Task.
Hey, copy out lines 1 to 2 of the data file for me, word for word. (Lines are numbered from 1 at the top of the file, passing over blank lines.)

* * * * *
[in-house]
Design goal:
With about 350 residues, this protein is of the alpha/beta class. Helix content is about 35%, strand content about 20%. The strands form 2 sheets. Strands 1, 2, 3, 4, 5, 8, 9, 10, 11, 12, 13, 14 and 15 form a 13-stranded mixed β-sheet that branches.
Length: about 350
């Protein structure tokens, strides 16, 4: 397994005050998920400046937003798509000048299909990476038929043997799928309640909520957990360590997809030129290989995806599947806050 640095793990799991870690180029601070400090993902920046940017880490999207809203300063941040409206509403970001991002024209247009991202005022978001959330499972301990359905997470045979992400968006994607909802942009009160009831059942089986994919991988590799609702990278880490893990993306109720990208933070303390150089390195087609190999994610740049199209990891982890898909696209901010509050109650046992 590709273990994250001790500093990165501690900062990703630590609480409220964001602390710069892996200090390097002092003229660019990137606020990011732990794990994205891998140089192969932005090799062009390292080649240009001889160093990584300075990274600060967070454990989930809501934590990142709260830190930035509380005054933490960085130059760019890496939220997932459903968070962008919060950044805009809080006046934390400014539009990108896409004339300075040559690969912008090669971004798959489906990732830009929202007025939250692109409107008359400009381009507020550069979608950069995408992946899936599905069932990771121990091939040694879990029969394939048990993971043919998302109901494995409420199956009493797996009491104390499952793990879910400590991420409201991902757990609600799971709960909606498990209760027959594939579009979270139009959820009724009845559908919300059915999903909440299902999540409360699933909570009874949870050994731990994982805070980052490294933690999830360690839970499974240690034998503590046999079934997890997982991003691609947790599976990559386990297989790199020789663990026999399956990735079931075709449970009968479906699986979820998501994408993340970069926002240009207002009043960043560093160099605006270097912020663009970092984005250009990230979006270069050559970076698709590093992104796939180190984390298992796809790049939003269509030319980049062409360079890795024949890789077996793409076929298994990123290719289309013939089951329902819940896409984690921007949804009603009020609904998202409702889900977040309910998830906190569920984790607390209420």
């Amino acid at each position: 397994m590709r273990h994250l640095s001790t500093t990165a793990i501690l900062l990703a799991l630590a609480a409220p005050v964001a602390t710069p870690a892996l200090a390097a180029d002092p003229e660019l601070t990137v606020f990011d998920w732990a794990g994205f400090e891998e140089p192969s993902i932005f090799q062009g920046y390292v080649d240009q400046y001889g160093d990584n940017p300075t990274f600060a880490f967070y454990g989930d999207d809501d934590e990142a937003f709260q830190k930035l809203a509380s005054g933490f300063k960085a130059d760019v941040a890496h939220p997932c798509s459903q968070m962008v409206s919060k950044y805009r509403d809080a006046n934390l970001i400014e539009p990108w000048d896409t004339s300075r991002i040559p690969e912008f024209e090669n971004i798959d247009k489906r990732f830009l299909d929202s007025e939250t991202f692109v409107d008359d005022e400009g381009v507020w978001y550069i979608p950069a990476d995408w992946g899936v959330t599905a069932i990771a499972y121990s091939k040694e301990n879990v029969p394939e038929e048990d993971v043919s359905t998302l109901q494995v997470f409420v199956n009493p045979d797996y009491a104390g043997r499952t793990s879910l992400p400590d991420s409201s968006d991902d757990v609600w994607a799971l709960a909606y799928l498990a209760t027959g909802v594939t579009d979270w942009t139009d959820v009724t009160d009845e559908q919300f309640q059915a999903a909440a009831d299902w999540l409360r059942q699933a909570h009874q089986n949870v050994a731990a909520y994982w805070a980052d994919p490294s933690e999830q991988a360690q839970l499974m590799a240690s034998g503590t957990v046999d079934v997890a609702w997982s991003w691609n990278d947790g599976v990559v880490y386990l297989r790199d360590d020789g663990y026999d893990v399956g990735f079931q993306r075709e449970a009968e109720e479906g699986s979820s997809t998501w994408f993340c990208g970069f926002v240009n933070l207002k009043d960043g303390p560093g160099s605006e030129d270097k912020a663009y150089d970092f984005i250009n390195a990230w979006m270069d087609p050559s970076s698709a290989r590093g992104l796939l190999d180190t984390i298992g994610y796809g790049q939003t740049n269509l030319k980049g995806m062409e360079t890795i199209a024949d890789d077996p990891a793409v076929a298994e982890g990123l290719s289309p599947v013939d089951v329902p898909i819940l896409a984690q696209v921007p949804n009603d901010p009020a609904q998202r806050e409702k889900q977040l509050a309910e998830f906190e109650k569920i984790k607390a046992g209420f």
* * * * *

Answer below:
[in-house]
Design goal: